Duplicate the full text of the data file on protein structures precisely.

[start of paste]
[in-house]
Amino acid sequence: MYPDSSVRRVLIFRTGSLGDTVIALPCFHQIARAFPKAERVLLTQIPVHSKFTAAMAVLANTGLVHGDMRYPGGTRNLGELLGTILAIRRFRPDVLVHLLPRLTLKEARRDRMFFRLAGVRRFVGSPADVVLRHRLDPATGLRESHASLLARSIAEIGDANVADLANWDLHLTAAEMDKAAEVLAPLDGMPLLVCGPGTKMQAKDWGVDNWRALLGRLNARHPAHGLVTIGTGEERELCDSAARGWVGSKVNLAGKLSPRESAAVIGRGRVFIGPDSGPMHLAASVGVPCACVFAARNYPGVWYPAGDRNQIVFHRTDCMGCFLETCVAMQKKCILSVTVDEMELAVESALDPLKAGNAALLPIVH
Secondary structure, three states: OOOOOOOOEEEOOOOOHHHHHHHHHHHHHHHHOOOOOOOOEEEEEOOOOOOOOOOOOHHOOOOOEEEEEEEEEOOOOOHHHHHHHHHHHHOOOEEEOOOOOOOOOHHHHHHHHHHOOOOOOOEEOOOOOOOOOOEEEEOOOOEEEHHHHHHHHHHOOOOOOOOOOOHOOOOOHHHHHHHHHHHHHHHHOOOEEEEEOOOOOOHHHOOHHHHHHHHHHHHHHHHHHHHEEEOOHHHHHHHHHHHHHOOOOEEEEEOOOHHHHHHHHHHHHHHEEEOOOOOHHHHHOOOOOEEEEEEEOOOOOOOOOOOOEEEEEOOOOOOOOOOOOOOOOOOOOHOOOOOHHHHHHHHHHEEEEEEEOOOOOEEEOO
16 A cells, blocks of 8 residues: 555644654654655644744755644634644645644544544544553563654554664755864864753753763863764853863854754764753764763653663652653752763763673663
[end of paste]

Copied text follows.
[in-house]
Amino acid sequence: MYPDSSVRRVLIFRTGSLGDTVIALPCFHQIARAFPKAERVLLTQIPVHSKFTAAMAVLANTGLVHGDMRYPGGTRNLGELLGTILAIRRFRPDVLVHLLPRLTLKEARRDRMFFRLAGVRRFVGSPADVVLRHRLDPATGLRESHASLLARSIAEIGDANVADLANWDLHLTAAEMDKAAEVLAPLDGMPLLVCGPGTKMQAKDWGVDNWRALLGRLNARHPAHGLVTIGTGEERELCDSAARGWVGSKVNLAGKLSPRESAAVIGRGRVFIGPDSGPMHLAASVGVPCACVFAARNYPGVWYPAGDRNQIVFHRTDCMGCFLETCVAMQKKCILSVTVDEMELAVESALDPLKAGNAALLPIVH
Secondary structure, three states: OOOOOOOOEEEOOOOOHHHHHHHHHHHHHHHHOOOOOOOOEEEEEOOOOOOOOOOOOHHOOOOOEEEEEEEEEOOOOOHHHHHHHHHHHHOOOEEEOOOOOOOOOHHHHHHHHHHOOOOOOOEEOOOOOOOOOOEEEEOOOOEEEHHHHHHHHHHOOOOOOOOOOOHOOOOOHHHHHHHHHHHHHHHHOOOEEEEEOOOOOOHHHOOHHHHHHHHHHHHHHHHHHHHEEEOOHHHHHHHHHHHHHOOOOEEEEEOOOHHHHHHHHHHHHHHEEEOOOOOHHHHHOOOOOEEEEEEEOOOOOOOOOOOOEEEEEOOOOOOOOOOOOOOOOOOOOHOOOOOHHHHHHHHHHEEEEEEEOOOOOEEEOO
16 A cells, blocks of 8 residues: 555644654654655644744755644634644645644544544544553563654554664755864864753753763863764853863854754764753764763653663652653752763763673663